Friday, March 29, 2013


Army and Weapons | Minigun | Minigun is a term used to describe a type of multiple-barreled rifle, Gatling-derived high-level play with fire usually found external support (IE: Pneumatics, Electrical). The gun may fire several thousand rounds per minute. It's often just use the plane. Miniguns may have to take a few seconds to get the barrel spinning before unleashing a heavy load of lead because if it does not wait, round barrel will cut apart and jam it. It can reach speeds of rotation up to 6000 + RPM (revolutions Per Minute). There are several types of miniguns, the most common being GShG-7.62 Minigun and M134, both fire around 6000 rounds per minute.
The M134 Minigun is a 7.62 mm, six-barrel machine gun with a high rate of fire (2,000 to 6,000 rounds per minute). It features a Gatling-style rotating barrels with an external power source, usually an electric motor. The "Mini" of the name is in comparison to designs that use a similar firing mechanism but larger shells, such as the previous 20-millimeter M61 Vulcan General Electric, and "weapon" for the smaller caliber sizes of guns, typically 20 mm and higher .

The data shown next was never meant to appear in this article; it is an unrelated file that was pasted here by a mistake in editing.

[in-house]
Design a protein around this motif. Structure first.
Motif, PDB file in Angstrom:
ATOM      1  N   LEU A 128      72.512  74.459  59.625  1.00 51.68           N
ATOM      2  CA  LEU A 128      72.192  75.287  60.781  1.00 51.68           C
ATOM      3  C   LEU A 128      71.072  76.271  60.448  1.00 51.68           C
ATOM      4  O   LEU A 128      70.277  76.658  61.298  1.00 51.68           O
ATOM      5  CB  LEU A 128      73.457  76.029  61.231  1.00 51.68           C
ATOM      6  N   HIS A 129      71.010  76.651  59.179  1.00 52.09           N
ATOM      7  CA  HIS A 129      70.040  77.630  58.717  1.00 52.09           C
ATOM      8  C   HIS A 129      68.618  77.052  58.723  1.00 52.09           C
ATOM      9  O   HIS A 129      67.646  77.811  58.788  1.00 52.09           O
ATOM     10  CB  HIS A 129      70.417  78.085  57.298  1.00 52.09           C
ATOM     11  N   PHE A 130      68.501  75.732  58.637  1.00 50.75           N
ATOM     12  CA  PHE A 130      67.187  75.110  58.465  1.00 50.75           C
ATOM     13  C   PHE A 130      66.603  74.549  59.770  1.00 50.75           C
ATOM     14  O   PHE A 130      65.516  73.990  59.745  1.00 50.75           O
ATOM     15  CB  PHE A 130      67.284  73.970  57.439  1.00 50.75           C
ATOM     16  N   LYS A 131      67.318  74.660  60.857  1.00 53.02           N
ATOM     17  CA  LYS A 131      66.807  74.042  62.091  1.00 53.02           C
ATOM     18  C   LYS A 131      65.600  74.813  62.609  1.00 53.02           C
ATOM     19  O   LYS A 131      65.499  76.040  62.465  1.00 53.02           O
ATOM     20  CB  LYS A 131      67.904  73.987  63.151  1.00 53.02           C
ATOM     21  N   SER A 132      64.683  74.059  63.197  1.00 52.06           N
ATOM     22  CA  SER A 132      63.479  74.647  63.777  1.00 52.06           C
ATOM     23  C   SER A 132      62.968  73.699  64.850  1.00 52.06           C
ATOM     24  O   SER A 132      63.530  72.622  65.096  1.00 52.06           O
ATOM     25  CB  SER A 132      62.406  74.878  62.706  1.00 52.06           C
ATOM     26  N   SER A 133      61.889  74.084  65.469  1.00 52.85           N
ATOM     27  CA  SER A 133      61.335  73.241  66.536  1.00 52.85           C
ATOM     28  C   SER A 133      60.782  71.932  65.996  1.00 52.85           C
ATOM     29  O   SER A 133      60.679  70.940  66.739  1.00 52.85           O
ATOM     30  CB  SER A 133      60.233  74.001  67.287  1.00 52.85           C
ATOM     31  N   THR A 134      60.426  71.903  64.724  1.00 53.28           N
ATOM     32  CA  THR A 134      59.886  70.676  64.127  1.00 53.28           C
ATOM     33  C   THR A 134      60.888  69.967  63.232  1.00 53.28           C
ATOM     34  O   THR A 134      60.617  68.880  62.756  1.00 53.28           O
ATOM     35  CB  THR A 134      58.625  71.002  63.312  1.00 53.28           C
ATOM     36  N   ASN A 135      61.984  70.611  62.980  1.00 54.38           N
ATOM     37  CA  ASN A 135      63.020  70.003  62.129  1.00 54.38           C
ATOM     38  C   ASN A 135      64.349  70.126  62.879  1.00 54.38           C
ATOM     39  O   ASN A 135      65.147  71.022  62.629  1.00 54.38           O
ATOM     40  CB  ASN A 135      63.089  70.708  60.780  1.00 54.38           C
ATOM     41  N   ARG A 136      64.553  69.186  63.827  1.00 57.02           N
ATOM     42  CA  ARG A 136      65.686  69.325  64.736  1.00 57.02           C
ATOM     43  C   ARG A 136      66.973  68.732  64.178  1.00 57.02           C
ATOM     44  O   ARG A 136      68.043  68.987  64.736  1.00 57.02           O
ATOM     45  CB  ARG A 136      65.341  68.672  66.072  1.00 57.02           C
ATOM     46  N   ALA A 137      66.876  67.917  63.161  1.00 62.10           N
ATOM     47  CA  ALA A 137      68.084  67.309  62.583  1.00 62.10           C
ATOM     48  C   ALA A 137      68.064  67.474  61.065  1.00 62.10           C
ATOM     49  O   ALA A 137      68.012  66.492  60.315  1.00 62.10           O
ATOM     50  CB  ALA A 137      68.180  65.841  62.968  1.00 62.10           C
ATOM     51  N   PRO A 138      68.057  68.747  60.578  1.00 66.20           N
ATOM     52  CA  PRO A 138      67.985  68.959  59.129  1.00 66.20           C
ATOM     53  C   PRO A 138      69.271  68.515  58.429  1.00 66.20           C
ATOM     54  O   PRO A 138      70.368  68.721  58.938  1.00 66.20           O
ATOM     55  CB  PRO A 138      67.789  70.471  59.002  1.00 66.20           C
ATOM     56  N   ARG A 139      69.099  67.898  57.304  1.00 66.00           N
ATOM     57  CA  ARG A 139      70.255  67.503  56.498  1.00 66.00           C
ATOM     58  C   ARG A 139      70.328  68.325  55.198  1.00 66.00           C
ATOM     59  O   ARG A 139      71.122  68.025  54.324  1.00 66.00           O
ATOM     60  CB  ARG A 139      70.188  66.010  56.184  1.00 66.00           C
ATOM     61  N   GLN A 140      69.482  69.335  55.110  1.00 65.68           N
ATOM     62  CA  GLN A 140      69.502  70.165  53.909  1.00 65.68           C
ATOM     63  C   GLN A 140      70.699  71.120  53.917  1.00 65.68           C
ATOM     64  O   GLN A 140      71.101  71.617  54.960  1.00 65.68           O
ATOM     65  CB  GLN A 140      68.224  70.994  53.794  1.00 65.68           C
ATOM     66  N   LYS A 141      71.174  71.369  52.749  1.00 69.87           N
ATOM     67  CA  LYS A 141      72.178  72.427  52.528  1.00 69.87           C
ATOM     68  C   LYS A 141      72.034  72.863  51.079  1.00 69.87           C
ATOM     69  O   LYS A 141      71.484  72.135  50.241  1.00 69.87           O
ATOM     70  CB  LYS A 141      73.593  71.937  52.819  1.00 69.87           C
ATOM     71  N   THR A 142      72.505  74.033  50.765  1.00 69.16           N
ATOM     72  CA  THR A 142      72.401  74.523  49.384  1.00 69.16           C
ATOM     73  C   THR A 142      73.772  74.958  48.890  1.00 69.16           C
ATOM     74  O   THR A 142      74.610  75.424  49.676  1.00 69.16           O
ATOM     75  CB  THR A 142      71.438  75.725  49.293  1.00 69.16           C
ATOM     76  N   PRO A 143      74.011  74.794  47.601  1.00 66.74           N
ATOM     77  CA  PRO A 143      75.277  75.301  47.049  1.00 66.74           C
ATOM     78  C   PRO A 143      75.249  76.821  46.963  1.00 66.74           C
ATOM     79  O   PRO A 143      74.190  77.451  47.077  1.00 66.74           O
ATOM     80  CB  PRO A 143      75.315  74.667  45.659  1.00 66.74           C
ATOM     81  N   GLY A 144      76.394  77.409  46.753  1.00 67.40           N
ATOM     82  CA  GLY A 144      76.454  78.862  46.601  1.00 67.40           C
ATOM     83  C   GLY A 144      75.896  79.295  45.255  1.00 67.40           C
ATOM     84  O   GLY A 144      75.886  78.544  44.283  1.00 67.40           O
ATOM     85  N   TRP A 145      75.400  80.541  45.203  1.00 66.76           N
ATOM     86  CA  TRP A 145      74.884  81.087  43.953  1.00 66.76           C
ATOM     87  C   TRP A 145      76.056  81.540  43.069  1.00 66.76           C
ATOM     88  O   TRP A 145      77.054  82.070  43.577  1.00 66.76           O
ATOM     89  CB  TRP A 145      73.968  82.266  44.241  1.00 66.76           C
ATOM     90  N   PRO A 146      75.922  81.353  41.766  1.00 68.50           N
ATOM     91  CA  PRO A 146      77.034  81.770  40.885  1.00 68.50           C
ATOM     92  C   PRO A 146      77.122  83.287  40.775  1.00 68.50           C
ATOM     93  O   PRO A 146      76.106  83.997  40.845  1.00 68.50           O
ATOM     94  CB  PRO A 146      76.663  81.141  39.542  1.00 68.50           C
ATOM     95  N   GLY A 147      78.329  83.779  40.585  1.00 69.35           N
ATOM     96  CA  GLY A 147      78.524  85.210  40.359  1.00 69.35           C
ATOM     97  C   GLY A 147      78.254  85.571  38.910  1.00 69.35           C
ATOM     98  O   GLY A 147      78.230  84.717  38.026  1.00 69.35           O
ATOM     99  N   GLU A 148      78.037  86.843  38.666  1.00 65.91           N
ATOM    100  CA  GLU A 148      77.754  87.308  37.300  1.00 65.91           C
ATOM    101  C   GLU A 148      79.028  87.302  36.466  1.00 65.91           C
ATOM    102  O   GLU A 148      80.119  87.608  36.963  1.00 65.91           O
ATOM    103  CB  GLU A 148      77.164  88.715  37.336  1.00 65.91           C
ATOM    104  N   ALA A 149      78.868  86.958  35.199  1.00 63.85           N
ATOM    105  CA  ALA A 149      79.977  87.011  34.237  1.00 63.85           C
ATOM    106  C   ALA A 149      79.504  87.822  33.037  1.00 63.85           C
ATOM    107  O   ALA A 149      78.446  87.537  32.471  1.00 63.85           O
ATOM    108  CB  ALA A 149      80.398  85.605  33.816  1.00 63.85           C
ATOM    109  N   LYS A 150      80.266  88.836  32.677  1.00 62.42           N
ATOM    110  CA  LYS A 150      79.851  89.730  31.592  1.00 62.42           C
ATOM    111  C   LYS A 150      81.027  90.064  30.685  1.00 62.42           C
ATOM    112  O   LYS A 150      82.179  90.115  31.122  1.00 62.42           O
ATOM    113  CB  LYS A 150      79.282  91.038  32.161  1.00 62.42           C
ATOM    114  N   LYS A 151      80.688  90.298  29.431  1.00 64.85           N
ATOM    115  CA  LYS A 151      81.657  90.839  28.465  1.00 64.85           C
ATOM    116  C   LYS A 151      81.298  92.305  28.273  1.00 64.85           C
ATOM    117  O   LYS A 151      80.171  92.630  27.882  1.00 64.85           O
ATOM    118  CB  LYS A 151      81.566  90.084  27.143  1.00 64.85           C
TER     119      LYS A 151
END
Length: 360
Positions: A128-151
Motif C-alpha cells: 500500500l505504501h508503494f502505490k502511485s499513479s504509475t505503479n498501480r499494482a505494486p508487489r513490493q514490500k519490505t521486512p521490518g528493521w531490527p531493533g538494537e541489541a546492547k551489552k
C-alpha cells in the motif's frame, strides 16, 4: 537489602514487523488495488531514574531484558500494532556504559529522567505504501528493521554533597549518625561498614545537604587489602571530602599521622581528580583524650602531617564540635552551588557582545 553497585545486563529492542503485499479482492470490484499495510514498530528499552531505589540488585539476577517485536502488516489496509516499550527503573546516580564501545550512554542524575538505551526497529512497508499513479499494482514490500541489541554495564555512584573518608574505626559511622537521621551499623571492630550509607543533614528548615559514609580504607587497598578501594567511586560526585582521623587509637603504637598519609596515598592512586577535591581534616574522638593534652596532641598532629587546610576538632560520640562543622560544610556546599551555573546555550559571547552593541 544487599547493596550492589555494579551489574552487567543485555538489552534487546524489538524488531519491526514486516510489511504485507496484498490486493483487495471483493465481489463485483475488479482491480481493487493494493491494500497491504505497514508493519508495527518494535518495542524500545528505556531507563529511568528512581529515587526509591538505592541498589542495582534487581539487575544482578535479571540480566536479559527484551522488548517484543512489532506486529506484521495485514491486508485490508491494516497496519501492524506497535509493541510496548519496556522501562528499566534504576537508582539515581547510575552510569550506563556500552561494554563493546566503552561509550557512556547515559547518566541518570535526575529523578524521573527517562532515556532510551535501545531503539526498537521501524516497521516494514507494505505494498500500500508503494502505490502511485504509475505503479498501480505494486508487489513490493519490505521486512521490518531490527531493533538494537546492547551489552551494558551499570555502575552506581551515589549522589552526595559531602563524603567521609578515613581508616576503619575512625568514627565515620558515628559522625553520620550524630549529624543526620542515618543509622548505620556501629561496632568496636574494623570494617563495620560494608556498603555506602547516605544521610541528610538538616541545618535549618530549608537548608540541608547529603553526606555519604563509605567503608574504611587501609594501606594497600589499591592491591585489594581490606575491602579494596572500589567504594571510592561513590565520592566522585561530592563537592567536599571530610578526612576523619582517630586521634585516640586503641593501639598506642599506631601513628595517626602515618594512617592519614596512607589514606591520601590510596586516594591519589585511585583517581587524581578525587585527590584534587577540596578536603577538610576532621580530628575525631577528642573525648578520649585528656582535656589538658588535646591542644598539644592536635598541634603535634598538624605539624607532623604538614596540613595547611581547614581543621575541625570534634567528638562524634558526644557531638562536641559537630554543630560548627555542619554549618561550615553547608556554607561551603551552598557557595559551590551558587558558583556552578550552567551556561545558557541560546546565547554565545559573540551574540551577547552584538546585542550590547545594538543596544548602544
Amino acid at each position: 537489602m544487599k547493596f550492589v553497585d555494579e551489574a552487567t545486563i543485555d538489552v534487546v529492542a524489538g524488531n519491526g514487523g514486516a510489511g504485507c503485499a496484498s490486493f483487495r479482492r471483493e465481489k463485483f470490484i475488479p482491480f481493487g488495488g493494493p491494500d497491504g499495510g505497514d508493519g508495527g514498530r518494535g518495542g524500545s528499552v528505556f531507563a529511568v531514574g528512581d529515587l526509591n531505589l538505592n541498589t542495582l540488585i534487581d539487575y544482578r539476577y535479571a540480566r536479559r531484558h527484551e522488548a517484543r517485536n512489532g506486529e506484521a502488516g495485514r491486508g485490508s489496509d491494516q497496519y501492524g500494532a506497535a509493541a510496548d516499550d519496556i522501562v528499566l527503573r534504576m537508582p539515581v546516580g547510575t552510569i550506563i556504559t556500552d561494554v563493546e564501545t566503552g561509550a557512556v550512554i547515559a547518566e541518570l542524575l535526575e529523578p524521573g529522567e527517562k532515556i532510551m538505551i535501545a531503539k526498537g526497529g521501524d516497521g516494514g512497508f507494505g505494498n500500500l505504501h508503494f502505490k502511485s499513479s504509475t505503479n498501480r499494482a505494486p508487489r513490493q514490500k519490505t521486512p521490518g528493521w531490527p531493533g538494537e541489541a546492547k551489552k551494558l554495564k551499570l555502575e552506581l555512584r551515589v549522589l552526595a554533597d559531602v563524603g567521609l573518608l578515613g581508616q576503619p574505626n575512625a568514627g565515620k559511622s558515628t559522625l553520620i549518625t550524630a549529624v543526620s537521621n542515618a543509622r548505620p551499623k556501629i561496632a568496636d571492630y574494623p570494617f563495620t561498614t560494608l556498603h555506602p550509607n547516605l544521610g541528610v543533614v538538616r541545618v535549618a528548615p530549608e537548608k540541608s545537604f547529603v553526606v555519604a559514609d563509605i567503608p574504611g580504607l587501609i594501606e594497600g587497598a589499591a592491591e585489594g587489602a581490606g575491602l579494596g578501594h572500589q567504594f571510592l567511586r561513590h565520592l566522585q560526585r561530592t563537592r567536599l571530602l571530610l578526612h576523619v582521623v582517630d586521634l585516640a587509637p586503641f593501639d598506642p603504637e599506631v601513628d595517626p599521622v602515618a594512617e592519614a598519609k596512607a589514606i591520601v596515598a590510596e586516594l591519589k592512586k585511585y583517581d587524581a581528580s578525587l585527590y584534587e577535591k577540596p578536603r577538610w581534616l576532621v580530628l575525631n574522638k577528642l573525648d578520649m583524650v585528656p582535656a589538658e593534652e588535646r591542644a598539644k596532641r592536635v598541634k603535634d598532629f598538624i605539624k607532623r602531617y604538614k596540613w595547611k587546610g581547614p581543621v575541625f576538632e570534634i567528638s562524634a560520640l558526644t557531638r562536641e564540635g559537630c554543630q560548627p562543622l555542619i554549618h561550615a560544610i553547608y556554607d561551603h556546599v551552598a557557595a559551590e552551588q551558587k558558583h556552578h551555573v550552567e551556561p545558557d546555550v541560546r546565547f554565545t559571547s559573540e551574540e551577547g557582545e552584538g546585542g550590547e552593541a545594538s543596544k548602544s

"Minigun" refers to a particular model of weapon, originally produced by General Electric. But the term "minigun" has been popular come to refer to any externally-powered Gatling gun caliber rifle. The term is also used to refer to the weapons of the same level of fire and sometimes configuration, regardless of power source and caliber.
The ancestor to the modern minigun was made in the 1860s. Richard Jordan Gatling replaced the hand rotate the rifle-caliber Gatling gun mechanism with an electric motor, a relatively new invention at the time. Even after Gatling slowed down the mechanism, electric-powered Gatling gun only has a theoretical rate of fire of 3,000 rounds per minute, roughly three times the rate of a typical modern gun, single barrel machine. Gatling's electric-powered design received U.S. Patent # 502,185 on July 25, 1893. Despite Gatling's improvements, the Gatling gun fell into disuse after cheaper, lighter-weight, recoil and gas operated machine guns were created.